| You may recall 'Backroads of the North', the
newsletter I wrote this time last year. It was an
account of the 4*4 journey Rachel and I took along the lesser known roads and
dry river beds of the Kalahari desert, crossing the famous red dunes via the
mighty Augrabies Falls and such unlikely isolated settlements as Terra Firma,
Middleputs and Bokspits.
On that trip we crossed into Botswana at a dusty town with legions of donkeys
called 'Bray'. From there we drove on, accompanied by a memorable sunset, to
our friends Mike and Katrin Taylor in the village of Gabane. I was looking
forward to seeing them, Mike had finished his PhD on the River Bushmen of the
Okavango Delta. Bushmen! The Okavango! These words had fascinated me for many
years. In spite of books, pictures and documentaries the names had only become
more mysterious, exotic and tantalising. I hoped that Mike could give me a
better sense of the Delta and how the River Bushmen were now living.
The Okavango Delta has been described as a miracle.
It's name is high on any list of the world's most extraordinary places. The
Okavango River rises in Angola, flows inland south through the Caprivi Strip in
Namibia and spreads out into a gigantic delta amidst the arid, flat lands of
northern Botswana. What would otherwise be a dry semi-desert, is, in
consequence, a wonderfully rich forested region of rivers and lakes. Naturally
this attracts game from across the region. The River Bushmen are believed to
have lived and hunted in the area for tens of thousands of years.
We were delighted to discover that a young Bushman leader, named KB, was
staying with the Taylors. We had never met a Bushman before. He was short, but
darker and taller than I expected, but he still had the high and defined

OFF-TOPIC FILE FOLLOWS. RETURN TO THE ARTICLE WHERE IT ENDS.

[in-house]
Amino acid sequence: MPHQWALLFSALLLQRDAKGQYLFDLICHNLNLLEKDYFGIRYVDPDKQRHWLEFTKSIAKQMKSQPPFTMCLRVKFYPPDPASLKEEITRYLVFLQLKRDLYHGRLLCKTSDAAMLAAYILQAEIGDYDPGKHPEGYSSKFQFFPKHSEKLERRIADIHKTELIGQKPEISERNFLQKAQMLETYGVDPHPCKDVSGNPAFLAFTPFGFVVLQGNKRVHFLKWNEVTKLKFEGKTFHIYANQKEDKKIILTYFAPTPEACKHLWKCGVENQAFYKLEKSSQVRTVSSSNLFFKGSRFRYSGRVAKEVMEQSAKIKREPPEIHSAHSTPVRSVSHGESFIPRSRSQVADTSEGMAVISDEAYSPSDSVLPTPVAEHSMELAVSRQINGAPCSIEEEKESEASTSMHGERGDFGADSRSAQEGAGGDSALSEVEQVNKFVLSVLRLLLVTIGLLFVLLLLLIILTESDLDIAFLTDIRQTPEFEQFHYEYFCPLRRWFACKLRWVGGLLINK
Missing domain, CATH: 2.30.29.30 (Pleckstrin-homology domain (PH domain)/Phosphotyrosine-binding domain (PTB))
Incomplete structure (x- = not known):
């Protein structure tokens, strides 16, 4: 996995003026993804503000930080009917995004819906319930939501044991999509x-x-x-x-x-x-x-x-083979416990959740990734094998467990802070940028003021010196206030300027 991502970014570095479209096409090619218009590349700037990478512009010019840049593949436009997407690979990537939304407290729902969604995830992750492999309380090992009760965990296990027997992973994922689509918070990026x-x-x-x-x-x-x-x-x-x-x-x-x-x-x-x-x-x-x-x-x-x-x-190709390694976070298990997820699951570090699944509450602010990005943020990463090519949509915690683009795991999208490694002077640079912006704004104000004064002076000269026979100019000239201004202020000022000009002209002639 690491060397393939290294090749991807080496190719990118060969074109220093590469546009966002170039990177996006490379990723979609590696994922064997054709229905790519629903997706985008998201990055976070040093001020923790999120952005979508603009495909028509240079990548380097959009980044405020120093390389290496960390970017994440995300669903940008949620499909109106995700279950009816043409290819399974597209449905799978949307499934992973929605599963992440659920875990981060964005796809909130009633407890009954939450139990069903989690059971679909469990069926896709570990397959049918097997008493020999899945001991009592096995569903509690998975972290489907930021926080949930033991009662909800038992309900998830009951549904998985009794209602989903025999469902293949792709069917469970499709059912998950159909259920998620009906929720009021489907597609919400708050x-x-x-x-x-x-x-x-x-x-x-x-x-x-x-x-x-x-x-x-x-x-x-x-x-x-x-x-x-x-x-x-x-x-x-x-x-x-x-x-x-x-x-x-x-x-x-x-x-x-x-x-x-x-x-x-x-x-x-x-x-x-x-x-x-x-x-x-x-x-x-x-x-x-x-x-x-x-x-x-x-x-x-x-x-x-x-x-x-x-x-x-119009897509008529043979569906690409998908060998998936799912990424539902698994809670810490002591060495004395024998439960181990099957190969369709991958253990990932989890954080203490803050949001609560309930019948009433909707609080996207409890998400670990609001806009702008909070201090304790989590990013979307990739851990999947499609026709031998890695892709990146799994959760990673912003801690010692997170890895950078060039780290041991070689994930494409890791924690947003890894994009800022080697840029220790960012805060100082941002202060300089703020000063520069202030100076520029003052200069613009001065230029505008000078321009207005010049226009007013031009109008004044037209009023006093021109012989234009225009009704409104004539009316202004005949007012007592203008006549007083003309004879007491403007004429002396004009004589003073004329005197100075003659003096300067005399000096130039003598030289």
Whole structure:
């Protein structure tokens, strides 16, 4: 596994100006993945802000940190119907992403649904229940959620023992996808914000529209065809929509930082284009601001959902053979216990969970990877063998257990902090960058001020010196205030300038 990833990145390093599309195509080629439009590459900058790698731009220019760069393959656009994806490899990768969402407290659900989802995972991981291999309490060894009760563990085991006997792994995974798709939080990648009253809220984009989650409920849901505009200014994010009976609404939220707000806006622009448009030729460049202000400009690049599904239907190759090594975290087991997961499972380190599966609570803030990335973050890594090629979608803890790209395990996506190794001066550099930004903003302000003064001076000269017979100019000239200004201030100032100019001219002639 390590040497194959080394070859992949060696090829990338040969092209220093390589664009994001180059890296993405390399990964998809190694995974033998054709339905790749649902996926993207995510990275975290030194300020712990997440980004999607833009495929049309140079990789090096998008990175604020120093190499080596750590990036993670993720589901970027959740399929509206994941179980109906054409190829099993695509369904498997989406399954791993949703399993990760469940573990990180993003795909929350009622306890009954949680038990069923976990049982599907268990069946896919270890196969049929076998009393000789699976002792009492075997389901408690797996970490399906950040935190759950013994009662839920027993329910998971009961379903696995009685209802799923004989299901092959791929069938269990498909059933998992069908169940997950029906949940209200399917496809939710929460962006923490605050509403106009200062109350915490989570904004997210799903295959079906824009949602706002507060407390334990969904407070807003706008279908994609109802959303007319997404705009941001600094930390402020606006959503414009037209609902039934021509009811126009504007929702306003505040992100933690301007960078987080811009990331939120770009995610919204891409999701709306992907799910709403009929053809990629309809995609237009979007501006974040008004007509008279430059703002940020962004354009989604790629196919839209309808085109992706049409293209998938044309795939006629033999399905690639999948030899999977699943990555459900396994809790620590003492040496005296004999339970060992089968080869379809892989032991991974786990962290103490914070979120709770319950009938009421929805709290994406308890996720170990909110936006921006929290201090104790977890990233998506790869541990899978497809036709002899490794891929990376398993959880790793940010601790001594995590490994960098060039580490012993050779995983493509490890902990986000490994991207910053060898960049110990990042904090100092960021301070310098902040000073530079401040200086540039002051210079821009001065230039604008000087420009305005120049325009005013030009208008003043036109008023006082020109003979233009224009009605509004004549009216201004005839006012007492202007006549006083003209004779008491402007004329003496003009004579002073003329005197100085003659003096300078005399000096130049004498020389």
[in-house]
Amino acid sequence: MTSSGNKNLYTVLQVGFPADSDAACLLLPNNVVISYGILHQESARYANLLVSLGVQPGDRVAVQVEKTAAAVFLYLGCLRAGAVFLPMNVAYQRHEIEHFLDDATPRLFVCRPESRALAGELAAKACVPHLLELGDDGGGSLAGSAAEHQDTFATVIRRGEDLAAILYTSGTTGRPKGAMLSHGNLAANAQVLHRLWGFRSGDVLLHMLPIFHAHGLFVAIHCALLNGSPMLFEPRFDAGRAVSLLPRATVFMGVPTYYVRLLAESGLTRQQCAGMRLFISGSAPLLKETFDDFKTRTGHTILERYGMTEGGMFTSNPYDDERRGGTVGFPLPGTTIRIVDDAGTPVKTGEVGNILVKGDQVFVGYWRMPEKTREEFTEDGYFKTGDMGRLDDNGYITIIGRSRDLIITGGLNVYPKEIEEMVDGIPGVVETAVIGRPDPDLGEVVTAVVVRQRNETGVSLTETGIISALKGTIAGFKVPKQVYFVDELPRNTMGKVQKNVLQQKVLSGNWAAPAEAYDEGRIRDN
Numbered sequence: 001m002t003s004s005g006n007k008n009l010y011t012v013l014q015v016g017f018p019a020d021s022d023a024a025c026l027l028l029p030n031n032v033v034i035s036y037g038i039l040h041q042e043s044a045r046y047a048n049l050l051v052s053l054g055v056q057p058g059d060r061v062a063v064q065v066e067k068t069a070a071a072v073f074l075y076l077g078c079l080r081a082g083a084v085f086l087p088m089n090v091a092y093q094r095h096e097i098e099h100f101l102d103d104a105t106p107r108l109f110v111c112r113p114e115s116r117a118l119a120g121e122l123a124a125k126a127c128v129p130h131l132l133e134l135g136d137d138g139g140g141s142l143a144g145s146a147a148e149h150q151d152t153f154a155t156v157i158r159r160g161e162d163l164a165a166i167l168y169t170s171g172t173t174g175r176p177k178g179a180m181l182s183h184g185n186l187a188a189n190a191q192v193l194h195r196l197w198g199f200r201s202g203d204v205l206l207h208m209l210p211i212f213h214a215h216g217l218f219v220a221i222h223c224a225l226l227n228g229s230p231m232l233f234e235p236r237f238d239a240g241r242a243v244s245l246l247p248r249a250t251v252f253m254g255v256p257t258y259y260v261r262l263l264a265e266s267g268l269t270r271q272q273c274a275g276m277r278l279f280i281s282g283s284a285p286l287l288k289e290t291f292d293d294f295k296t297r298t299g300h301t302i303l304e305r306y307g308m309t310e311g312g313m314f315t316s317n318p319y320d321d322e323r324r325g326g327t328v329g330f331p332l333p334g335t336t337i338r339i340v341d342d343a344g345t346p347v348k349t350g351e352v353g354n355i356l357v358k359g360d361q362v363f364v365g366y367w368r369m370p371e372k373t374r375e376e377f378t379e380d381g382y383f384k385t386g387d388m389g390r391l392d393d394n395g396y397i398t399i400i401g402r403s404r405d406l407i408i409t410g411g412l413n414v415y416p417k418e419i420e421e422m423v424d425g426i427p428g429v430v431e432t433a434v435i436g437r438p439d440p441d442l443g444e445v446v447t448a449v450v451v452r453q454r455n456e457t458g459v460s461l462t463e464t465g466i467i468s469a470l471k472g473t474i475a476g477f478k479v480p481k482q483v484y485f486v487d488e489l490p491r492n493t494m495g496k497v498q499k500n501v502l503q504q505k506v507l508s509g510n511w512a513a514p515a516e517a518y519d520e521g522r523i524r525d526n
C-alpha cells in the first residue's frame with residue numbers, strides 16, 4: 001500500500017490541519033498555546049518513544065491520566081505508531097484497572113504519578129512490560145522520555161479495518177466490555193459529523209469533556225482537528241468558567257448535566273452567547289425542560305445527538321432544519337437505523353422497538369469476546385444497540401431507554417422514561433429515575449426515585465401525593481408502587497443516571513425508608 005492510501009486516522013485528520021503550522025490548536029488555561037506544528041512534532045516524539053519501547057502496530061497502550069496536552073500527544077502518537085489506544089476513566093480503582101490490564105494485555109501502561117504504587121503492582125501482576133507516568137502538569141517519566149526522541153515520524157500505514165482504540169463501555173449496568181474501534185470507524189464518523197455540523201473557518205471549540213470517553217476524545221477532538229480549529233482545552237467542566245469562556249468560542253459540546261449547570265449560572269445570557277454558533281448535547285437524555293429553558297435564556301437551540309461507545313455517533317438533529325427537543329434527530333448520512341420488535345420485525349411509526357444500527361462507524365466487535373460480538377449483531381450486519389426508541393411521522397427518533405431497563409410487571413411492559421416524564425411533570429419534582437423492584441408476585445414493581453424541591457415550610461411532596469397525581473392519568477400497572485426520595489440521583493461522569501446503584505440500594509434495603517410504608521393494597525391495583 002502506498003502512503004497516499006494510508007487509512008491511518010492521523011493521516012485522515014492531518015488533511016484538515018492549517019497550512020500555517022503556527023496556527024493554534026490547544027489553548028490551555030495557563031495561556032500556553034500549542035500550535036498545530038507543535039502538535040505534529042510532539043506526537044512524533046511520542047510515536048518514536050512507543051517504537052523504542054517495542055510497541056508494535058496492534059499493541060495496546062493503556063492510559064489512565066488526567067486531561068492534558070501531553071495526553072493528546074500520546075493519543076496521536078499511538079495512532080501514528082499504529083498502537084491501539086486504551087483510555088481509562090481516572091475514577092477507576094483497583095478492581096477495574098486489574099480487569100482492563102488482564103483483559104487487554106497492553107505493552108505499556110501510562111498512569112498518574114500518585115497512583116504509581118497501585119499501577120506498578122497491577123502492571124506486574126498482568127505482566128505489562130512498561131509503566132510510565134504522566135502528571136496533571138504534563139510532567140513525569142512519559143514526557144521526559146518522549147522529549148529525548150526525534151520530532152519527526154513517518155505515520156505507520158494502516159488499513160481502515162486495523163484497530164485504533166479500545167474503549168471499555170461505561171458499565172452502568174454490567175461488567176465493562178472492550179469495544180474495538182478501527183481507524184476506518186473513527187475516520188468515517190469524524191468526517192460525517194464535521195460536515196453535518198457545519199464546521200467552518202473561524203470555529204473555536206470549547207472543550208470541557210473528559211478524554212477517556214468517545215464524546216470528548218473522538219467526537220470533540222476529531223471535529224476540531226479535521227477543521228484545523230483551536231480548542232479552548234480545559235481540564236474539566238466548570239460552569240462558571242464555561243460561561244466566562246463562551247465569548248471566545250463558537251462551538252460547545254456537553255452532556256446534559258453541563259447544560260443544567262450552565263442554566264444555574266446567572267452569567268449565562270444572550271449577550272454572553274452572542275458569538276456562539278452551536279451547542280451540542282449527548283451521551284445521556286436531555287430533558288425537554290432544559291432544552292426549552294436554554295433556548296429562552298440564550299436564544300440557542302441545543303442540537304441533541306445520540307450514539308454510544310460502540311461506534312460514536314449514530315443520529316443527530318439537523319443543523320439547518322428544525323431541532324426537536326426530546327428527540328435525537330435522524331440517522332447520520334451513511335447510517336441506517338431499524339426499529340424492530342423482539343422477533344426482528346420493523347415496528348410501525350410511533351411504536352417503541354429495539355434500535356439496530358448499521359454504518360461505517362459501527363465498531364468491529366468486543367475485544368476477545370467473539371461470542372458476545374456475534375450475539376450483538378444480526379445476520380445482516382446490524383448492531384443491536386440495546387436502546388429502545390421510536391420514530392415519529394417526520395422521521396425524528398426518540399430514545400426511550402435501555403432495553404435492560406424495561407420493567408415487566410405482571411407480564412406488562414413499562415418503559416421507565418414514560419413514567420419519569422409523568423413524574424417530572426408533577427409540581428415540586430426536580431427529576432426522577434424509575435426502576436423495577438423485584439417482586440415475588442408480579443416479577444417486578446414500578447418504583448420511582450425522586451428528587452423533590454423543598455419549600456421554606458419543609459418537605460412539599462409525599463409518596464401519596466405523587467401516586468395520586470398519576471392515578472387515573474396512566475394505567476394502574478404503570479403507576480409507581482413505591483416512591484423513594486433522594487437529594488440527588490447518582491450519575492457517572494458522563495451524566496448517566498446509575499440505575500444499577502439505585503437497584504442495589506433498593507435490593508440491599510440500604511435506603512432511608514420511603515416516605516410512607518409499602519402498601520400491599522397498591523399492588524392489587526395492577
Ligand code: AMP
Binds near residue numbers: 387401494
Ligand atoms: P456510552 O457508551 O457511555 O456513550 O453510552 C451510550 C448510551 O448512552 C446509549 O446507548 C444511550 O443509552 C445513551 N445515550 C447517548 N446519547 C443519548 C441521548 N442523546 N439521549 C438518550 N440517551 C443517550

cheekbones, the tightly curled hair, the aversion to eye contact and the
winsome sense of humour for which the Bushmen are famous. What amazed me was
that he was equally confident whether speaking about facing down lions or
attending academic conferences, speaking in English or the clicks of his
Bushmen dialect. It transpired that in his remote village he was chairman of a
legally constituted Trust that was administering tourism concessions over a
large area. Far from being satisfied I was more intrigued than ever, and when
he said we would be welcome in the village we resolved to plan a trip to the
That is how we found ourselves, a couple of
months ago, driving north, via the flowers of Namaqualand and the stunning dune
landscapes of Namibia, toward the Okavango. Our attempts to contact KB had not
succeeded, but on our way north Mike gave us the cell number of KB's village
chief, Marafe. It is not everyday you have the opportunity to phone a Bushman
Chief on his mobile phone.
After some frustrations we made contact and got some basic directions. 'Go to
Maun, head north to Shorobe village, then find the break in the trees ('the cut
line') and head due north. Follow this break for 60km, ford the Khwai river
('watch out, it is deep in places and there are crocodiles') then head west
along the river for an hour and you should find the village'.
The journey proved
interesting. The cut line was not a road at all, rather more like a fire break.
The forest was stunningly beautiful with autumnal colours that reminded me of
New England. The 'road', however, was deep sand and tracks forked off it,
without any indication of their destination. At one point we came to a herd of
elephant in the forest, and were charged by a Bull Elephant. We drove on. The
Khwai river proved, indeed, to be very deep. The water was (briefly) over the
bonnet, but - bless Land Rover - we made it to higher ground before she
spluttered to a temporary halt. Turning to the west, driving along the river,